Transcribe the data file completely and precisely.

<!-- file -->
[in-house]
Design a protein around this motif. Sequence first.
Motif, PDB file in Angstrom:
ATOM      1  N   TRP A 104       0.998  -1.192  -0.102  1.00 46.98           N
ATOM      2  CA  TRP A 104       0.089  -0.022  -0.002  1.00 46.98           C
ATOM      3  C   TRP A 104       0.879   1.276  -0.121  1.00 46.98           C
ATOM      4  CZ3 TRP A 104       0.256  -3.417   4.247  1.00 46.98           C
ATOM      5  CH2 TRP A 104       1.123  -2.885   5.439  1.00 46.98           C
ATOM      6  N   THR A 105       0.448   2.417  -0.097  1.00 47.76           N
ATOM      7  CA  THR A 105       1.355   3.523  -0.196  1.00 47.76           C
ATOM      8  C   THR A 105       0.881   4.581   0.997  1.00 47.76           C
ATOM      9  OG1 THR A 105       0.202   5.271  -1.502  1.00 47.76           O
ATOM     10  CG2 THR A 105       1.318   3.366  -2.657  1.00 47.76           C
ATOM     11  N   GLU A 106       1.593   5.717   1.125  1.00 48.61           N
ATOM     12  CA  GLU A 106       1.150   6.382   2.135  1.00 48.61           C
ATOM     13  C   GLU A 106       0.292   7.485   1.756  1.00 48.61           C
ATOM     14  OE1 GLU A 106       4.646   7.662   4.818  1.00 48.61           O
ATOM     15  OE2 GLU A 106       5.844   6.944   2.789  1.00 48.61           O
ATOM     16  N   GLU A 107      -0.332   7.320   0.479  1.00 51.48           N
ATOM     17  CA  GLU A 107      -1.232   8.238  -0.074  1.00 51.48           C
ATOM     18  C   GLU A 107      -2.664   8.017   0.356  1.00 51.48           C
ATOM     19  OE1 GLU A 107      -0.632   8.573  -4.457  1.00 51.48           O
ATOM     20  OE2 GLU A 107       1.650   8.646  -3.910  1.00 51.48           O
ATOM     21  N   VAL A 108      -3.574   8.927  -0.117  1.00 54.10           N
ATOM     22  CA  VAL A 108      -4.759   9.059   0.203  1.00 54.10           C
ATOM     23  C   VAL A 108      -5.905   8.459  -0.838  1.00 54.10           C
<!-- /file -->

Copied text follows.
[in-house]
Design a protein around this motif. Sequence first.
Motif, PDB file in Angstrom:
ATOM      1  N   TRP A 104       0.998  -1.192  -0.102  1.00 46.98           N
ATOM      2  CA  TRP A 104       0.089  -0.022  -0.002  1.00 46.98           C
ATOM      3  C   TRP A 104       0.879   1.276  -0.121  1.00 46.98           C
ATOM      4  CZ3 TRP A 104       0.256  -3.417   4.247  1.00 46.98           C
ATOM      5  CH2 TRP A 104       1.123  -2.885   5.439  1.00 46.98           C
ATOM      6  N   THR A 105       0.448   2.417  -0.097  1.00 47.76           N
ATOM      7  CA  THR A 105       1.355   3.523  -0.196  1.00 47.76           C
ATOM      8  C   THR A 105       0.881   4.581   0.997  1.00 47.76           C
ATOM      9  OG1 THR A 105       0.202   5.271  -1.502  1.00 47.76           O
ATOM     10  CG2 THR A 105       1.318   3.366  -2.657  1.00 47.76           C
ATOM     11  N   GLU A 106       1.593   5.717   1.125  1.00 48.61           N
ATOM     12  CA  GLU A 106       1.150   6.382   2.135  1.00 48.61           C
ATOM     13  C   GLU A 106       0.292   7.485   1.756  1.00 48.61           C
ATOM     14  OE1 GLU A 106       4.646   7.662   4.818  1.00 48.61           O
ATOM     15  OE2 GLU A 106       5.844   6.944   2.789  1.00 48.61           O
ATOM     16  N   GLU A 107      -0.332   7.320   0.479  1.00 51.48           N
ATOM     17  CA  GLU A 107      -1.232   8.238  -0.074  1.00 51.48           C
ATOM     18  C   GLU A 107      -2.664   8.017   0.356  1.00 51.48           C
ATOM     19  OE1 GLU A 107      -0.632   8.573  -4.457  1.00 51.48           O
ATOM     20  OE2 GLU A 107       1.650   8.646  -3.910  1.00 51.48           O
ATOM     21  N   VAL A 108      -3.574   8.927  -0.117  1.00 54.10           N
ATOM     22  CA  VAL A 108      -4.759   9.059   0.203  1.00 54.10           C
ATOM     23  C   VAL A 108      -5.905   8.459  -0.838  1.00 54.10           C